where can I find passionate developers to build a project to lead to a startup?


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I've been looking all around the web, looking for places to find 1-2 passionate developers/artist that would be interested in working on a cool project/idea I have for a site to facilitate in building a startup.

Seems that no one is interested and most people are only willing to do the work for money. I don't have money to pay people, because I am just a college student. I really wish to find someone really passionate to help me with this for free. Anyone know where I can find such people? Maybe someone here would like to help me out, contact me.

Development

asked Nov 22 '10 at 09:36
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Equino X
111 points
Top agency to build award-winning mobile apps: Utility NYC
  • it would help to know where are you located... – Alex 8 years ago
  • Would you work for free/no money on someone else's project? – Tim J 8 years ago

6 Answers


9

To find passionate developers you will need to be ridiculously utterly superbly passionate about your idea yourself. On top of that - you need to be able to pitch it to them in such a way that they subscribe to it and believe that you can execute on it. If you can't do that with developers, it might be near to impossible to do that with clients/investors/VCs.

Another thing is - if you want people to work for free/equity - what is that valuable something that you'll bring to the table? You need to highlight that very strongly and make sure that you have very good idea in regards to what weight you'll be pulling.

At any rate, if you're in NY, Boston, Seattle or Boulder areas - try to get into TechStars program. If you're around SF or have an amazing idea and fit the bill for Y! Combinator - try to get in their program. They could actually help you to find technical cofounders, but you gotta be really passionate and clear about your idea...

Another thing you can try is going to tech meetups. There are tons of them in major tech hubs(SF, NY, Boston, etc.)

And finally here are few useful links:

How do I find a technical co-founder? Non-hackers: how to find a co-founder

answered Nov 22 '10 at 10:43
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Alex
262 points
  • I am not really into in finding a partner for a co-founder, more to a partner to code together to build a project – Equino X 8 years ago
  • So, what does this partner to code with, get at the end for his hard work of coding? – Igorek 8 years ago
  • @EquinoX - You won't pay them and you also don't want them as a founder/partner? That's ridiculous. Excuse my frankness, but come back and post later when you are serious. – Tim J 8 years ago
  • Yes. Otherwise understand that coders are smart, and you look for someone too dump to realize that he is being used. – Net Tecture 8 years ago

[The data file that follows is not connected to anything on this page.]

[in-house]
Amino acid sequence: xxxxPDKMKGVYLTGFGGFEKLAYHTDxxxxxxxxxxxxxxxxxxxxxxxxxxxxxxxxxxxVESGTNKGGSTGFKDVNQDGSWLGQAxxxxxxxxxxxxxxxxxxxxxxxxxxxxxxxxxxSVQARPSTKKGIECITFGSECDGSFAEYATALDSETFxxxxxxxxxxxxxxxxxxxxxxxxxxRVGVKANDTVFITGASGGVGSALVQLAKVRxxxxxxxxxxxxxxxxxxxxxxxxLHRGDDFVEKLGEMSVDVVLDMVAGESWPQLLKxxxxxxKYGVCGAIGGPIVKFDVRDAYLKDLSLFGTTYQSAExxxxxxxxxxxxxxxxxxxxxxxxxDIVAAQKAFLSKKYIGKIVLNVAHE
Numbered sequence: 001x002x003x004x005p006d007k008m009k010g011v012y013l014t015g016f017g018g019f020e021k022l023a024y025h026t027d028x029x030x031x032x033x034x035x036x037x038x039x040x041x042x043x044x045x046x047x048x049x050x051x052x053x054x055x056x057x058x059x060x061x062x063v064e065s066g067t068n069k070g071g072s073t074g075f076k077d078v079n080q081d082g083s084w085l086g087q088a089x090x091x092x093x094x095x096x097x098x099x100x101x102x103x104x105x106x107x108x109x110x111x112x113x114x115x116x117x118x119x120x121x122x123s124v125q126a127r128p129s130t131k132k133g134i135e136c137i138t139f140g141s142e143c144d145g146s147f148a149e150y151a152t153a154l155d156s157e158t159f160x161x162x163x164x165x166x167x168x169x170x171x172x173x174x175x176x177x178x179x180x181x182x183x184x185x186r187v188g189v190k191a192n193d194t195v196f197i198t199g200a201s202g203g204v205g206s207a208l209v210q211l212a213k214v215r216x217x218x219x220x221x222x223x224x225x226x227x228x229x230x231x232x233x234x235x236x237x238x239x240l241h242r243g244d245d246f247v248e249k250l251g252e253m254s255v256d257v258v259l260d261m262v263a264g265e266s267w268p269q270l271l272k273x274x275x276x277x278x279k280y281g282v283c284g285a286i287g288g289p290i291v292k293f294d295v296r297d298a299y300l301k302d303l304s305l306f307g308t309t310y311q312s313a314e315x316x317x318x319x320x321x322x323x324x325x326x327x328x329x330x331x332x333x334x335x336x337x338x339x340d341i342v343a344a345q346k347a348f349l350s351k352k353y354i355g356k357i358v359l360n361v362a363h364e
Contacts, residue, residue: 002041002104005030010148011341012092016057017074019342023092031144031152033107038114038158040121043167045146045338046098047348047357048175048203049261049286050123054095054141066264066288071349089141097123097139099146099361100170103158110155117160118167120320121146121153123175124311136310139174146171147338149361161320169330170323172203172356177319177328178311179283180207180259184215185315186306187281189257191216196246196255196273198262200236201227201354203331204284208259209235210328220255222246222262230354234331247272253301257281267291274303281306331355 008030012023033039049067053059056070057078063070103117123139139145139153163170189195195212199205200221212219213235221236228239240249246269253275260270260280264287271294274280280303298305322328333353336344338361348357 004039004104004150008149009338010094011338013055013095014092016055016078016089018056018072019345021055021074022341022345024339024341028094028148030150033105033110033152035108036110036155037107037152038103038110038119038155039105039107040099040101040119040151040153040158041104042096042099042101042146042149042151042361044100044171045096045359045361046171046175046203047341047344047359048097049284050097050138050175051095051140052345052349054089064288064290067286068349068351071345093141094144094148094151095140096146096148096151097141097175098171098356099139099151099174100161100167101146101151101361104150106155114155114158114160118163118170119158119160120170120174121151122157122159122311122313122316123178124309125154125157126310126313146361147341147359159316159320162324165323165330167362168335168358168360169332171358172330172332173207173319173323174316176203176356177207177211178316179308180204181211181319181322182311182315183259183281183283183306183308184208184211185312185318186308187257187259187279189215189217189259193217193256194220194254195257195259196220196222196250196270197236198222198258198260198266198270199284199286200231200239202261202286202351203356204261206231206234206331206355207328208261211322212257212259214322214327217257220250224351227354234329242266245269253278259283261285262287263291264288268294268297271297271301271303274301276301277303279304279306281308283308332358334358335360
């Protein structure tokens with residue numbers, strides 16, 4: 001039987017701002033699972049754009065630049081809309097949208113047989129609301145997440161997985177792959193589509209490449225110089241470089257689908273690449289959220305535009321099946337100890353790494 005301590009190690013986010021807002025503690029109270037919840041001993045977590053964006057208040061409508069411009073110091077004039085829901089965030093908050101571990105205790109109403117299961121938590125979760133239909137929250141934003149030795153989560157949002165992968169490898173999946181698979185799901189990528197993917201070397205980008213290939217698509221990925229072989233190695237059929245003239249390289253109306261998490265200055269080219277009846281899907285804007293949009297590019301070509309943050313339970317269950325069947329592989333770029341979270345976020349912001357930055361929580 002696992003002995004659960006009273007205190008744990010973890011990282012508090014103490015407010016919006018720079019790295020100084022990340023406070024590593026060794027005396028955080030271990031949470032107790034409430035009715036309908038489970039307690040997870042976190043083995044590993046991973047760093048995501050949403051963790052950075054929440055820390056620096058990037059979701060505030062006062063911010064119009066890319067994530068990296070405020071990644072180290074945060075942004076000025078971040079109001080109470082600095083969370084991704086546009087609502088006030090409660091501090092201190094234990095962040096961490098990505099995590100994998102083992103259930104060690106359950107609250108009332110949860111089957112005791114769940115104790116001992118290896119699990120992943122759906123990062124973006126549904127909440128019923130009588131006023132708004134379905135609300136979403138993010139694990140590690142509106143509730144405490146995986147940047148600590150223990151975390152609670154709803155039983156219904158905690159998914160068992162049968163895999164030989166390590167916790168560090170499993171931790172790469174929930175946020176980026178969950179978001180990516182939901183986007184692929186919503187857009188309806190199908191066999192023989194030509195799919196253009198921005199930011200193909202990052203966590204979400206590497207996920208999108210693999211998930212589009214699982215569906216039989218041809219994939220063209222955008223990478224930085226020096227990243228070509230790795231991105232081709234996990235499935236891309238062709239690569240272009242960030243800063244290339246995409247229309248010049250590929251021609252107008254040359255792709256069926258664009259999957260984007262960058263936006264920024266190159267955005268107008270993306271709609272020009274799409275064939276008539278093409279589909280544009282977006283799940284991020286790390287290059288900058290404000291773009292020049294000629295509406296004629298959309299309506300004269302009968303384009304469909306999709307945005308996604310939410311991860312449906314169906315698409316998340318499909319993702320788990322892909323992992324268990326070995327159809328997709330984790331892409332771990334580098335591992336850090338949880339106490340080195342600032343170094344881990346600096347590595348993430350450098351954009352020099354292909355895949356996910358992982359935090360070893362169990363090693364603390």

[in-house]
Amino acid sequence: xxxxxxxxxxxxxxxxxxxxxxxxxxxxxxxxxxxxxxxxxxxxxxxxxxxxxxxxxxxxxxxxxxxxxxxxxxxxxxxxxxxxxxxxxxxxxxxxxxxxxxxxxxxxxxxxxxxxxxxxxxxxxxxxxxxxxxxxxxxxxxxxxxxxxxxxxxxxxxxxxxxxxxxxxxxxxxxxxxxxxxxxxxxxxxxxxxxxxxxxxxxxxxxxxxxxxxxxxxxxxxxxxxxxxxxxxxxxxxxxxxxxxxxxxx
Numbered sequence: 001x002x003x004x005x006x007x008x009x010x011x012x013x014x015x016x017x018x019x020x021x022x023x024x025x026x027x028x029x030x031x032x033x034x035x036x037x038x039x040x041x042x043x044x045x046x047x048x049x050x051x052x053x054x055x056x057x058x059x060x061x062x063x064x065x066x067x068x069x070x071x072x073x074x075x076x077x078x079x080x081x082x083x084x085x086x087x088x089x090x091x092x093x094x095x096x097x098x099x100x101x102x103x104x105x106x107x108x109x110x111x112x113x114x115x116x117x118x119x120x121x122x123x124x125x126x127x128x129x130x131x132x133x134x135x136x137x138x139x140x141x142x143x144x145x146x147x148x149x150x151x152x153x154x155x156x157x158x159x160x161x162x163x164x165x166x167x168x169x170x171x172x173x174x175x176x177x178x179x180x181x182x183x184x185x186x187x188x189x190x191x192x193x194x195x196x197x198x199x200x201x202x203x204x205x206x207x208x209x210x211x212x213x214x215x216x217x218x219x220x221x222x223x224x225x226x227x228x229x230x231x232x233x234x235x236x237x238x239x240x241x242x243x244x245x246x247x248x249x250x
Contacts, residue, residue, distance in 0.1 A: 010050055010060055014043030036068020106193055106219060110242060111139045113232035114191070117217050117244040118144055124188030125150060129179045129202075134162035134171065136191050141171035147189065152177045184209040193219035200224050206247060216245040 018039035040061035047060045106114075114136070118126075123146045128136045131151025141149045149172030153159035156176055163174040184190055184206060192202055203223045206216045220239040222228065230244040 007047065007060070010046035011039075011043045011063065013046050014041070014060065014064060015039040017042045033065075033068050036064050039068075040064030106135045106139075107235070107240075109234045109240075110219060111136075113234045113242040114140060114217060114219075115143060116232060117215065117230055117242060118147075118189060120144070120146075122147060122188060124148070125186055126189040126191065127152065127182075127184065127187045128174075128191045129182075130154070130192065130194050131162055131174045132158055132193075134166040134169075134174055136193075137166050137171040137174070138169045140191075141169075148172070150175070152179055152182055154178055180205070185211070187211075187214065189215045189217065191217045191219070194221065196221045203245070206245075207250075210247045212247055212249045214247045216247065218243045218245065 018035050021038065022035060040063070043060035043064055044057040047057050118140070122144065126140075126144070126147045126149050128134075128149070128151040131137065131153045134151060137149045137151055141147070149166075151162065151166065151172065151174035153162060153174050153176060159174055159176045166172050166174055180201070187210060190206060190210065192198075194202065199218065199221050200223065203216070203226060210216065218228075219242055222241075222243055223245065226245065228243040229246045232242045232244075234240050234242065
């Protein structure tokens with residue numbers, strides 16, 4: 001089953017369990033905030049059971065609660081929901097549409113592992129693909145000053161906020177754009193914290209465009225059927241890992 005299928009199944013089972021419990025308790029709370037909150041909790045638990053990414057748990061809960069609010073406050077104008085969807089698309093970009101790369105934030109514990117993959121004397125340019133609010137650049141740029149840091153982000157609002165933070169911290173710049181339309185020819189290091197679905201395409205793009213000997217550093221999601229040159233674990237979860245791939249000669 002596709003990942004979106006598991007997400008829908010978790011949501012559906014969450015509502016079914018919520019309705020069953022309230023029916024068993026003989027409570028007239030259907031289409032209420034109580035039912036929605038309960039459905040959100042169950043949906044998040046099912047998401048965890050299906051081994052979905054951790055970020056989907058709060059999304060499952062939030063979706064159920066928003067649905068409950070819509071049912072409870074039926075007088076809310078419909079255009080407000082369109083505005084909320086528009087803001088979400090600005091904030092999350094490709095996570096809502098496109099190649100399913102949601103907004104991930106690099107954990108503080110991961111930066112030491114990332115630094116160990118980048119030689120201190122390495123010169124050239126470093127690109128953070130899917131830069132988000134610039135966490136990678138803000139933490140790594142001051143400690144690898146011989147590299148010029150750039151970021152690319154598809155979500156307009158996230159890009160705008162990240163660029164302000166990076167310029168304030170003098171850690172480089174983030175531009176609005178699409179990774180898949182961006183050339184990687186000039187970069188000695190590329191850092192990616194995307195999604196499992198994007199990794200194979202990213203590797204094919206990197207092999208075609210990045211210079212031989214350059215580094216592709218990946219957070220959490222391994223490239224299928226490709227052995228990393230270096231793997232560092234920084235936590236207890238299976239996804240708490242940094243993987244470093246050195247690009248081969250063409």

• I don't mind making that partner as a co-founder, however it's intended to be a project at first.. then we see how it goes.. if it goes well.. then a possible startup would be the next step.. that's what I meant.. I don't mean dumping someone after all of their hard work.. besides I think what he gets of it is the learning experience of developing the project – Equino X 8 years ago

1

The problem with this kind of agreement is that if you only give your idea, you do not give enough value to the relationship. You have to be a brilliant seller, or accountant, or whatever.

The traditional scheme (i put the idea, you code) will never work because working for free is just not right.

answered Nov 24 '10 at 20:06
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Fuzzyalej
184 points

1

As a dev myself I try to evaluate what the non-tech cofounder is bringing to the table (value add) other than just the idea. Question is not where to find devs, its how to find devs but for that you will need to evaluate the value add you are going to do. Then, connect with local tech community - barcamp, startup weekend and meetups etc..

answered Nov 22 '10 at 15:46
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Neo Syne
75 points

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Devs have very little commercial skills, as a general rule. That's not being rude, they're good at tech, but you have to understand your limits. One of the basic skills of being commercially successful is being able to put yourself in the shoes of others, partners, employees, customers, etc. If you don't understand why what's you're saying, to be polite, isn't quite right, you need to find a business person willing to tutor you.

answered Nov 23 '10 at 00:08
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David Benson
2,166 points

0

You have to meet in person and convey your passion in person. Very hard to do it online unless you have a list of 10,000 people and a relationship with that list. Then you will find a few people out of the 10,000 who could be interested (I have a friend who did it exactly that way)

answered Nov 25 '10 at 21:39
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Rob
151 points

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Most developers are passionate about what they do. These days have options in terms of where to put their time. A lot of them have their own projects on a side and often you just lease their skills for particular project. They are looking for a reasonable compensation for the time you take them away from their families and projects of their interests.

There are many places online where you can post your projects and get bids to do the work. Sometimes I outsource my smaller projects on Elance.com Best of luck!

answered Nov 23 '10 at 01:35
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Usabilitest
1,698 points

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